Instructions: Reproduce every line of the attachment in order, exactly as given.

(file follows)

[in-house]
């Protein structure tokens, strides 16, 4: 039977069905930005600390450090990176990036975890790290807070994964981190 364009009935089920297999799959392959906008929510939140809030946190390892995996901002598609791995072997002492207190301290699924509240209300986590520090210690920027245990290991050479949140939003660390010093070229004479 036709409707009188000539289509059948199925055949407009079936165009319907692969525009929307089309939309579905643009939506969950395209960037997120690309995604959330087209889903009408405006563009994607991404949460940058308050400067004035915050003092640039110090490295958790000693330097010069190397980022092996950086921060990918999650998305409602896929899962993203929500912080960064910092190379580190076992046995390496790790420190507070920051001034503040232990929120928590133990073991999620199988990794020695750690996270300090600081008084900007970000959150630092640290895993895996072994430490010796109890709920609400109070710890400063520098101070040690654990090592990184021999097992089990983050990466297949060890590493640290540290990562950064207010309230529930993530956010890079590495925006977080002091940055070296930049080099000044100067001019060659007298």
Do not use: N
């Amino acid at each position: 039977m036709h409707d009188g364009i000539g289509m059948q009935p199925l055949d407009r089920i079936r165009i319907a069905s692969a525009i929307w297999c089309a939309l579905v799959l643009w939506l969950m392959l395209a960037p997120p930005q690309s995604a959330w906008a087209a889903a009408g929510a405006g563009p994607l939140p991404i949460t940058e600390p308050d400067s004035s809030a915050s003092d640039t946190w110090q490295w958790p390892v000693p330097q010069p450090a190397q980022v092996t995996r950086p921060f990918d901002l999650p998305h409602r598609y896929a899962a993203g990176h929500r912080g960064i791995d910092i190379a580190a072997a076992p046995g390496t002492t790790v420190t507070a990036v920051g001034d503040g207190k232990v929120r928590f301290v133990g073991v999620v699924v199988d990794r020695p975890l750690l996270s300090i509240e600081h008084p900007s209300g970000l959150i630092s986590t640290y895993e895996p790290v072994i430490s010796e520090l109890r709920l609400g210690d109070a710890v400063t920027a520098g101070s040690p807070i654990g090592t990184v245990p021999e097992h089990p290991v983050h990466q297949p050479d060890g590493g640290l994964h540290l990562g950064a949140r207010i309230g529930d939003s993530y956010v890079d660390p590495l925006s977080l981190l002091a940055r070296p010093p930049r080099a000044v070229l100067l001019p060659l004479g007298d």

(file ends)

[in-house]
């Protein structure tokens, strides 16, 4: 039977069905930005600390450090990176990036975890790290807070994964981190 364009009935089920297999799959392959906008929510939140809030946190390892995996901002598609791995072997002492207190301290699924509240209300986590520090210690920027245990290991050479949140939003660390010093070229004479 036709409707009188000539289509059948199925055949407009079936165009319907692969525009929307089309939309579905643009939506969950395209960037997120690309995604959330087209889903009408405006563009994607991404949460940058308050400067004035915050003092640039110090490295958790000693330097010069190397980022092996950086921060990918999650998305409602896929899962993203929500912080960064910092190379580190076992046995390496790790420190507070920051001034503040232990929120928590133990073991999620199988990794020695750690996270300090600081008084900007970000959150630092640290895993895996072994430490010796109890709920609400109070710890400063520098101070040690654990090592990184021999097992089990983050990466297949060890590493640290540290990562950064207010309230529930993530956010890079590495925006977080002091940055070296930049080099000044100067001019060659007298």
Do not use: N
């Amino acid at each position: 039977m036709h409707d009188g364009i000539g289509m059948q009935p199925l055949d407009r089920i079936r165009i319907a069905s692969a525009i929307w297999c089309a939309l579905v799959l643009w939506l969950m392959l395209a960037p997120p930005q690309s995604a959330w906008a087209a889903a009408g929510a405006g563009p994607l939140p991404i949460t940058e600390p308050d400067s004035s809030a915050s003092d640039t946190w110090q490295w958790p390892v000693p330097q010069p450090a190397q980022v092996t995996r950086p921060f990918d901002l999650p998305h409602r598609y896929a899962a993203g990176h929500r912080g960064i791995d910092i190379a580190a072997a076992p046995g390496t002492t790790v420190t507070a990036v920051g001034d503040g207190k232990v929120r928590f301290v133990g073991v999620v699924v199988d990794r020695p975890l750690l996270s300090i509240e600081h008084p900007s209300g970000l959150i630092s986590t640290y895993e895996p790290v072994i430490s010796e520090l109890r709920l609400g210690d109070a710890v400063t920027a520098g101070s040690p807070i654990g090592t990184v245990p021999e097992h089990p290991v983050h990466q297949p050479d060890g590493g640290l994964h540290l990562g950064a949140r207010i309230g529930d939003s993530y956010v890079d660390p590495l925006s977080l981190l002091a940055r070296p010093p930049r080099a000044v070229l100067l001019p060659l004479g007298d």